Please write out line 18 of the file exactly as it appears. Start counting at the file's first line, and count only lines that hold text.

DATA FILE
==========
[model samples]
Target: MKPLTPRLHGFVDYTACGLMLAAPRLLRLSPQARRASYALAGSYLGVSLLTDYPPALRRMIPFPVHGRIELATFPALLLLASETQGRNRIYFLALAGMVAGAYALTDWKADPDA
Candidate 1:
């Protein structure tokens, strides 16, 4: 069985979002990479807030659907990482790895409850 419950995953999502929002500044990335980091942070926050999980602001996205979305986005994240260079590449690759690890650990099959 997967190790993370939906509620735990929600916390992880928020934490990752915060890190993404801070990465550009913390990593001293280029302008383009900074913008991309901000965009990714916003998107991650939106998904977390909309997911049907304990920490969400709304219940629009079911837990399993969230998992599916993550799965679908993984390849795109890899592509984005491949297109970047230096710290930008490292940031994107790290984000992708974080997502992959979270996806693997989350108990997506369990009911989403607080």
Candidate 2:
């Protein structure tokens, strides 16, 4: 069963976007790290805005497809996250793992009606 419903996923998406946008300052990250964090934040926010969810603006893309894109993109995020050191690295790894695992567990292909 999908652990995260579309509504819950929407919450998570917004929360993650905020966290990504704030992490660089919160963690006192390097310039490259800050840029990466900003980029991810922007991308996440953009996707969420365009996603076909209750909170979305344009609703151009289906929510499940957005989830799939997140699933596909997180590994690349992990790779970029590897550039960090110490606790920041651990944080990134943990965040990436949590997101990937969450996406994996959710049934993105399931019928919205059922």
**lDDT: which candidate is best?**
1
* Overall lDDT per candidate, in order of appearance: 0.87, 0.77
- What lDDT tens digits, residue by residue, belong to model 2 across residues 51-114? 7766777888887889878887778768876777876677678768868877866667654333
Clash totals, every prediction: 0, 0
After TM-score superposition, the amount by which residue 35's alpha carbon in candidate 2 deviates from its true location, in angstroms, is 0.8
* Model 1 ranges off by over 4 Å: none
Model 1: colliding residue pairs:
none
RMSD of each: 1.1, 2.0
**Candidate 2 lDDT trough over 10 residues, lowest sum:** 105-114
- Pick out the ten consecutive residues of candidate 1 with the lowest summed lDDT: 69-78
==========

- Pick out the ten consecutive residues of candidate 1 with the lowest summed lDDT: 69-78